See if you can relate to this analogy when it comes to your business' growth rate...
More than a decade ago, we planted a few dogwood trees in our yard. Though they are beautiful and we knew they’d be slow growers, today most of them are only marginally-taller than they were when we put them in the ground…
On the way to one of our hiking trails, we often pass a place where kudzu was obviously planted to quickly fill in a large area that had been exposed with the development of a mountain-top road passage. Now taking over just about everything in its path, its growth is out of control...
Consider the Middle Ground
For small businesses, a growth rate somewhere in between is often better.
It’s been pretty boring to “watch” our dogwoods “grow.” Monitoring almost no growth over such a long period is pretty dull. Not much new. No excitement. Same old same old. It’s just that the trees are beautiful, especially in season, even though they aren’t rapidly changing.
Same things can happen in business!
Conversely, it’s exciting to watch something move and change as quickly as a kudzu vine. Of course, that’s until you notice how its rapid and invasive growth is taking over everything around it and sapping the strength from or killing off other things that supports it.
Same things can happen in business!
What about your business?
Is it more like dogwood? Or a kudzu? Or something in between?
There is no one set prescription rate of growth that works for all businesses. And your drive, values, age, abilities, and opportunities will all play a role in the pace of growth for your business. So, let me give you some observations and thoughts on what you may want to target as your business’ growth pace for the year ahead…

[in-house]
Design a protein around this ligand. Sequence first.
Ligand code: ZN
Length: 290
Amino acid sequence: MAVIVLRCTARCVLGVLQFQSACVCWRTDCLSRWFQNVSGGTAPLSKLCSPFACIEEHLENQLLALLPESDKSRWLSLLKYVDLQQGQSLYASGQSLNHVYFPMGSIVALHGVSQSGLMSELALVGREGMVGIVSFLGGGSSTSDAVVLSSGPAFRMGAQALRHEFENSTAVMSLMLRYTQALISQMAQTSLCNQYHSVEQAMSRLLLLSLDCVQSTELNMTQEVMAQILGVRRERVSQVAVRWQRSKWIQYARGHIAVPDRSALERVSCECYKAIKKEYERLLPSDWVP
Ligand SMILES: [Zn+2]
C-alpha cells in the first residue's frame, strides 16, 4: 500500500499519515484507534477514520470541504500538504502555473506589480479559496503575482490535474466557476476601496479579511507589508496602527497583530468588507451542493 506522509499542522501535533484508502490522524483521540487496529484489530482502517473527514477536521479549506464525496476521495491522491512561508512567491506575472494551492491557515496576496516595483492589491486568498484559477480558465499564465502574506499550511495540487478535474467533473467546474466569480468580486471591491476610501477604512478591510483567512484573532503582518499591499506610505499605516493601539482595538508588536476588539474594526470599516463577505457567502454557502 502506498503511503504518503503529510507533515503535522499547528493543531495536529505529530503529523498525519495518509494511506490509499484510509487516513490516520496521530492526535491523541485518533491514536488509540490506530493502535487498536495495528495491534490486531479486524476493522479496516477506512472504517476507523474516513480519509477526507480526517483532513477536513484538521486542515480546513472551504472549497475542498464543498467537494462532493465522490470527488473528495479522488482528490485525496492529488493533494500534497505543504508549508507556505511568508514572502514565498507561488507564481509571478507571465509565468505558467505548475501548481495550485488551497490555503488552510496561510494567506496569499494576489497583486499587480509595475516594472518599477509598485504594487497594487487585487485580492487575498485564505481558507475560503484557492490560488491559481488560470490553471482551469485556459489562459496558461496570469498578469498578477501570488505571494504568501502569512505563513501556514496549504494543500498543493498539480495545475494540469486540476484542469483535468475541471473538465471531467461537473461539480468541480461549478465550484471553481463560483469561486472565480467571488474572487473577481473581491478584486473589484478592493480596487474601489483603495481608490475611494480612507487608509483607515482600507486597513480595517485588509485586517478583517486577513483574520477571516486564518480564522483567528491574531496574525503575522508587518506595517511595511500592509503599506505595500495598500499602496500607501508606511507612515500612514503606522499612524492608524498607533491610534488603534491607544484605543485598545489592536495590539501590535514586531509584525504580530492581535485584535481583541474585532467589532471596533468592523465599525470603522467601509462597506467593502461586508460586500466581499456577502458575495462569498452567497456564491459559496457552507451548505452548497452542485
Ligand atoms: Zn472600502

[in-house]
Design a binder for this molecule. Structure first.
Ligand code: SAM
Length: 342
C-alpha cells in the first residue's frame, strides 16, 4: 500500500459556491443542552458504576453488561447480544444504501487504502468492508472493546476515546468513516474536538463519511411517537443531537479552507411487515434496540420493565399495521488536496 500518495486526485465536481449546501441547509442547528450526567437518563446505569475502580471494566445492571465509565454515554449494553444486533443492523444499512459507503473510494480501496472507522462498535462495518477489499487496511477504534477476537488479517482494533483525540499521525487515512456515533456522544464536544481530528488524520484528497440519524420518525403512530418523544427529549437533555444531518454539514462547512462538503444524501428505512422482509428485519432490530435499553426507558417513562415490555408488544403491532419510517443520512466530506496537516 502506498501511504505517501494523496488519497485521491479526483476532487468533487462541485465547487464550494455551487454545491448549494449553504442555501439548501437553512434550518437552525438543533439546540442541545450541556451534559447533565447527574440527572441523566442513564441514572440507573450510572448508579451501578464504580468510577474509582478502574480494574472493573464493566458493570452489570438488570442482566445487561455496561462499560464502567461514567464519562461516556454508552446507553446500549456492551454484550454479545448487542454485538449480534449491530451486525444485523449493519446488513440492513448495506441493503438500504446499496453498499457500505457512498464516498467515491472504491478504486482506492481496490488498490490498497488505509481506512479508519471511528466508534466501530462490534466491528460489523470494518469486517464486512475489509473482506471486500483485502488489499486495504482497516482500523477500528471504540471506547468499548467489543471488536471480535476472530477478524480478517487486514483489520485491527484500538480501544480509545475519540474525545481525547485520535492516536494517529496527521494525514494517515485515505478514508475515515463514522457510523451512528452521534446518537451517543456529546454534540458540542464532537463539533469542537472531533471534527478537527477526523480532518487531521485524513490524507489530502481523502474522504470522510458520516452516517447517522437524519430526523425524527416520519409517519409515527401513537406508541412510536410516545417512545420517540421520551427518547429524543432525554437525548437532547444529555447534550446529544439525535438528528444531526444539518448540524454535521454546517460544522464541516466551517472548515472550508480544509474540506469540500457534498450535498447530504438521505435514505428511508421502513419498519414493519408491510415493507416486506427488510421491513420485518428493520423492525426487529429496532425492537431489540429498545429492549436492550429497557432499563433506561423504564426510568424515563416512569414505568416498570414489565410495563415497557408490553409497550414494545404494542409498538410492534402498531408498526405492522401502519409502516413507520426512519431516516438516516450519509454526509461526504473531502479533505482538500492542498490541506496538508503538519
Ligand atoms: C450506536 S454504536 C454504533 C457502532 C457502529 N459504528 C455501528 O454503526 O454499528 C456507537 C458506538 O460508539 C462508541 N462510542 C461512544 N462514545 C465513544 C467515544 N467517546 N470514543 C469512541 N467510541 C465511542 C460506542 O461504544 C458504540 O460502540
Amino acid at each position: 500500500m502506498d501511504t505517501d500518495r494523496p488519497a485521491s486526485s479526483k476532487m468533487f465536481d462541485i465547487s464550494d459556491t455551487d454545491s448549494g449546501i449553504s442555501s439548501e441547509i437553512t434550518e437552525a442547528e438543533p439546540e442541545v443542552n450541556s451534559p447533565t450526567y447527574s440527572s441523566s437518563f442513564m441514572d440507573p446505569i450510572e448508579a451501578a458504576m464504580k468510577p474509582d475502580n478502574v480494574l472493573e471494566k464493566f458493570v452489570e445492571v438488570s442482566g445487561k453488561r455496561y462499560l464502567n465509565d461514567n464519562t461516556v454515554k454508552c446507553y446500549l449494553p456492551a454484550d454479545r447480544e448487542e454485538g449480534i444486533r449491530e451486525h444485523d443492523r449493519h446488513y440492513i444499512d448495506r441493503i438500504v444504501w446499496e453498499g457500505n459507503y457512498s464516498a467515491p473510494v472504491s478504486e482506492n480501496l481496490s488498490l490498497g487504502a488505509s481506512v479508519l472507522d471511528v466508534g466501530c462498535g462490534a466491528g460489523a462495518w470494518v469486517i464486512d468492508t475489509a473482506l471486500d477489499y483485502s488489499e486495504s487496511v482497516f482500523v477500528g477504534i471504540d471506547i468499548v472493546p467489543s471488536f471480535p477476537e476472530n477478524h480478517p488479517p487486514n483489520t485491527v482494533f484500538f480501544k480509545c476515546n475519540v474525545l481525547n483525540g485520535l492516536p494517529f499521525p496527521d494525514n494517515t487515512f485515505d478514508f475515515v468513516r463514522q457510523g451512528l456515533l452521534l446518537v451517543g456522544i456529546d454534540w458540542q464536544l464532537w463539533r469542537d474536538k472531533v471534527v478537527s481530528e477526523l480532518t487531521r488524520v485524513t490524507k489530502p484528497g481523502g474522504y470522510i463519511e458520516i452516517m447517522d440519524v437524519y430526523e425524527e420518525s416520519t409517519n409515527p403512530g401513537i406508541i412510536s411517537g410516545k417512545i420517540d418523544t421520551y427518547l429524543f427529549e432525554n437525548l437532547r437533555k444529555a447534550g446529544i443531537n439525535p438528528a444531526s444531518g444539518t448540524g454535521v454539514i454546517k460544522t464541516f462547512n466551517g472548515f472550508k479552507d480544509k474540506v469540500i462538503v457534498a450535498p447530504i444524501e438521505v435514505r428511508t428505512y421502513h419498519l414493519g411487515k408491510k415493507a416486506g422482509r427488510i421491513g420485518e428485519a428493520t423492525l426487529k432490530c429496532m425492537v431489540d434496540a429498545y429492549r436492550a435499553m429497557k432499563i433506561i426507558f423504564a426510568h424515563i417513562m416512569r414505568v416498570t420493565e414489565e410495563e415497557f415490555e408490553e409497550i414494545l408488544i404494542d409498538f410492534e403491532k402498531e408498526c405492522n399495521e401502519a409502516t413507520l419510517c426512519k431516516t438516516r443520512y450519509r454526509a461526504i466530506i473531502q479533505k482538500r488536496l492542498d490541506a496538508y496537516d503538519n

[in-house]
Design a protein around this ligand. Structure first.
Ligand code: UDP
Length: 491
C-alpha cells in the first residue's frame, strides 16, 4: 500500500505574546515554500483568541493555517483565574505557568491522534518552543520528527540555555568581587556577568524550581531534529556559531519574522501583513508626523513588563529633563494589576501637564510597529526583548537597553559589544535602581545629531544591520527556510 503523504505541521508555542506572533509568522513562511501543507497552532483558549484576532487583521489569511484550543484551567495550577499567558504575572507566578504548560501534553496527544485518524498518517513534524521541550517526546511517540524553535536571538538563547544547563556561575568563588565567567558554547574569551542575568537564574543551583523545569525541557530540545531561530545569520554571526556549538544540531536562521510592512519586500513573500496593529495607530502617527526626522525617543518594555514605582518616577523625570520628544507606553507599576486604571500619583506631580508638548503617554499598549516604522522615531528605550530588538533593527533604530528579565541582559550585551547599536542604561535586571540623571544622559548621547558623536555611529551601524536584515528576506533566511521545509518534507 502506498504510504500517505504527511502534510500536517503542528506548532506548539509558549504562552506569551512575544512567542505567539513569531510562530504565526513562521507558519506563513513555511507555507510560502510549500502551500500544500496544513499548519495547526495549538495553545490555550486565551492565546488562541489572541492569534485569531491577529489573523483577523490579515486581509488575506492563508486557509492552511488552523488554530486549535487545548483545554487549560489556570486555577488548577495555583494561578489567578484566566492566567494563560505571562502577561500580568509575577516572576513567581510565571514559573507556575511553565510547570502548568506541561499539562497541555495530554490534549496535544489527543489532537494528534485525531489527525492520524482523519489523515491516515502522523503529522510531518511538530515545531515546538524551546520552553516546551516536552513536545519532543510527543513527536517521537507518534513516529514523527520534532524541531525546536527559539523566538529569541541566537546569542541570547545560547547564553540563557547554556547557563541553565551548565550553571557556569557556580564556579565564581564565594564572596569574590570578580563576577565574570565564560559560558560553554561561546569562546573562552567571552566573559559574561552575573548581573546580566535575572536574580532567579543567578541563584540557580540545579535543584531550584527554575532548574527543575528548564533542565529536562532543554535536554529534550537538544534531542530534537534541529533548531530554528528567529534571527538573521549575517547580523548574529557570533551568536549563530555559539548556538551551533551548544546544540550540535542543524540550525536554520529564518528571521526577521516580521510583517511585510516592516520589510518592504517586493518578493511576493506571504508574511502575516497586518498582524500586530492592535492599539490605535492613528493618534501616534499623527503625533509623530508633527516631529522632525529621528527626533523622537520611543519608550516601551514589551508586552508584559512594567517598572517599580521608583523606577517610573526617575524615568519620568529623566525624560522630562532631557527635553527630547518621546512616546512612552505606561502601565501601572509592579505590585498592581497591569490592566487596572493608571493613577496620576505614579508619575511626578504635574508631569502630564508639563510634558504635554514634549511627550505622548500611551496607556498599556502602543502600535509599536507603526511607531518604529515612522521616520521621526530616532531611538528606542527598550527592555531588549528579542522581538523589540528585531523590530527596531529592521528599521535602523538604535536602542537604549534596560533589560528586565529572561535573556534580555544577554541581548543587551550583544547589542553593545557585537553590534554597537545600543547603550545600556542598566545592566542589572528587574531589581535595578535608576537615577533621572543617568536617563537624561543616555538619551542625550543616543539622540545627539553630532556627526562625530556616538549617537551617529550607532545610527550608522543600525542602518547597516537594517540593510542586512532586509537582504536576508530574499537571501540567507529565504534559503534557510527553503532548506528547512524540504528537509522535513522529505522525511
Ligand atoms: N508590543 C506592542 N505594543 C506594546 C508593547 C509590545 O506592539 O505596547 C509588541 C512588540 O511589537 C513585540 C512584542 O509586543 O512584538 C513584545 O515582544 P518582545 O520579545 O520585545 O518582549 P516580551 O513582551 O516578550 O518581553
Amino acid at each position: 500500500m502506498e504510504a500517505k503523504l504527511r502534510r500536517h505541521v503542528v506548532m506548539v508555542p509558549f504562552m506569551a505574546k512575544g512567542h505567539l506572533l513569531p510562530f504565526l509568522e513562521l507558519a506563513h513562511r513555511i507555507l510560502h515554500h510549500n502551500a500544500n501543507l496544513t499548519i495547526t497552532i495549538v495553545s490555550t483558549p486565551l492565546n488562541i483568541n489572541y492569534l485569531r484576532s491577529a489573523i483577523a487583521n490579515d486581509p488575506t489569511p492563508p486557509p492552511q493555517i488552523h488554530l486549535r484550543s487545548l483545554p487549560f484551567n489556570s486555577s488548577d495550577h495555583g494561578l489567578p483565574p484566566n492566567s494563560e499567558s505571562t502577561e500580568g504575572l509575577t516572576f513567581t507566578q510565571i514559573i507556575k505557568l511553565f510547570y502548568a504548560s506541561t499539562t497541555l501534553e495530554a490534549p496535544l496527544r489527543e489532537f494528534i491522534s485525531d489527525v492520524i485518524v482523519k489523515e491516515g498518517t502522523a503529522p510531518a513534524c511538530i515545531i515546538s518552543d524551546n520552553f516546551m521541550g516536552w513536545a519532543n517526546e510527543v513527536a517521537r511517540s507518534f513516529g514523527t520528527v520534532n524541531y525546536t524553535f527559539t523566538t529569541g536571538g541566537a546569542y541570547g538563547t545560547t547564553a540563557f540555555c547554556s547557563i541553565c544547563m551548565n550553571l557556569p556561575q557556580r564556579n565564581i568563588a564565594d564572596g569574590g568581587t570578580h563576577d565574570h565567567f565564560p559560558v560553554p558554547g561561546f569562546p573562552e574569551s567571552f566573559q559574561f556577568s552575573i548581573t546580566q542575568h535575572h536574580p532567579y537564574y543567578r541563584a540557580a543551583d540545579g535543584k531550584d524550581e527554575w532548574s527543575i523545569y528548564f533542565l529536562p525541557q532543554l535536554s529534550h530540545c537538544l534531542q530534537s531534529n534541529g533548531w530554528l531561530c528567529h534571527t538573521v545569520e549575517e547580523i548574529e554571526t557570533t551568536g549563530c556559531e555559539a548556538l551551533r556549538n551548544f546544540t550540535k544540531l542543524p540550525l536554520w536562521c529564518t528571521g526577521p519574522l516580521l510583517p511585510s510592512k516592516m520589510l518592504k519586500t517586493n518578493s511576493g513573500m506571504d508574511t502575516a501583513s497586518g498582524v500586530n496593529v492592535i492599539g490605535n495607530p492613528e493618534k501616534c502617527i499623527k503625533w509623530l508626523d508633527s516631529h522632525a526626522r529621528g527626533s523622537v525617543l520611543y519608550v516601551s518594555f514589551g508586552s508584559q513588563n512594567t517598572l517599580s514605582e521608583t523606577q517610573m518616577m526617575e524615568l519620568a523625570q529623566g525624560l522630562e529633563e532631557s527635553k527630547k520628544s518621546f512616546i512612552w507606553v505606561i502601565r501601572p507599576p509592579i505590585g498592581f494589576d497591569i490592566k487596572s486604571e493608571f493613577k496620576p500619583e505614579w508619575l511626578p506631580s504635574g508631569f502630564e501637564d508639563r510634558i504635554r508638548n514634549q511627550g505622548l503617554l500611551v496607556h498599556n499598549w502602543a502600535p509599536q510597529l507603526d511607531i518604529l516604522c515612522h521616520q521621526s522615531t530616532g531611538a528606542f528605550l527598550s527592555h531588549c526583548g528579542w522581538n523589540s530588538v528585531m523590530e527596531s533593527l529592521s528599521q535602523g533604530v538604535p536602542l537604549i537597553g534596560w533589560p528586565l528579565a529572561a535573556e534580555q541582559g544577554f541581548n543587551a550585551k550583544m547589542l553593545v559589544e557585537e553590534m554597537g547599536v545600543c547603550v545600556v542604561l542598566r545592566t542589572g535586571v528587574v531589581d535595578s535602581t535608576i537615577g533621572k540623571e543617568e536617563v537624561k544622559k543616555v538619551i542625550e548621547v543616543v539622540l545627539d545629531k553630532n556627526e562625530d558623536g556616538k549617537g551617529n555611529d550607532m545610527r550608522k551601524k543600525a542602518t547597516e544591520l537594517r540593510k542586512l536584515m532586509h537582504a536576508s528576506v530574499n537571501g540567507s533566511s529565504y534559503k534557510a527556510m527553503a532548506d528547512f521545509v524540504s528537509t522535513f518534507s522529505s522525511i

Kudzu can grow up to one foot per day and sixty feet per season. So, rapid kudzu-like growth is usually best when it is essential to your success to get to a certain larger size ASAP. This is particularly true in industries or opportunities where the first one there “wins it all.”
Whether that applies to you and your business, you’ll have to judge. But if you conclude it does apply to your business, before you “take off” growing be sure to find ample sources of capital to fund your business’ rapid growth.
If it’s important that your business grows rapidly, and it requires investments in things like trucks and facilities, in most cases you’ll need external capital – either in the form of borrowings or investment capital.
Dogwoods are a slow-growing but beautiful species. The beauty of a dogwood, in full flower, is far and away superior to the untamed and often-unsightly kudzu vine.
Typically, in business dogwood-like growth is ideal in cases where much growth has already occurred, maturity has been reached, and a beautiful (sustainably-profitable) business model is in place.
Who would not want to sustain and preserve the beauty of a dogwood in its prime? Likewise, who would not want to sustain and preserve a well-developed and profitable business?
Dogwood-paced growth is best for such businesses. Not too fast to mess up the beauty. Yet, not no growth or negative growth either. Enough to keep up with the growth of the economy, prices in general, and to continue producing new life.
For most other businesses, somewhere in between is often the right fit pace. You’ll know you’ve got an in-between pace of growth if your business:
- Is growing faster than the pace of the general economy or inflation
- Not growing so fast as to kill or scare off your best staff members, exceed your access to borrowings or investment capital, or deprive you of your draw
- Is building a structure (business model) that will produce beautiful returns for years and years
- Is not untamed and invading its way into each and every opportunity it encounters, whether or not it fits or makes sense to be pursued
If you need help evaluating your business model, we’ve got a free five-minute test here to make the process easy on you. And, if you need help evaluating growth opportunities or planning your business growth contact us here, we’re here to help if you need it.
Long live small business! Long live small business owners!
Jim Smith, Founder, PERFORMIDABLE, LLC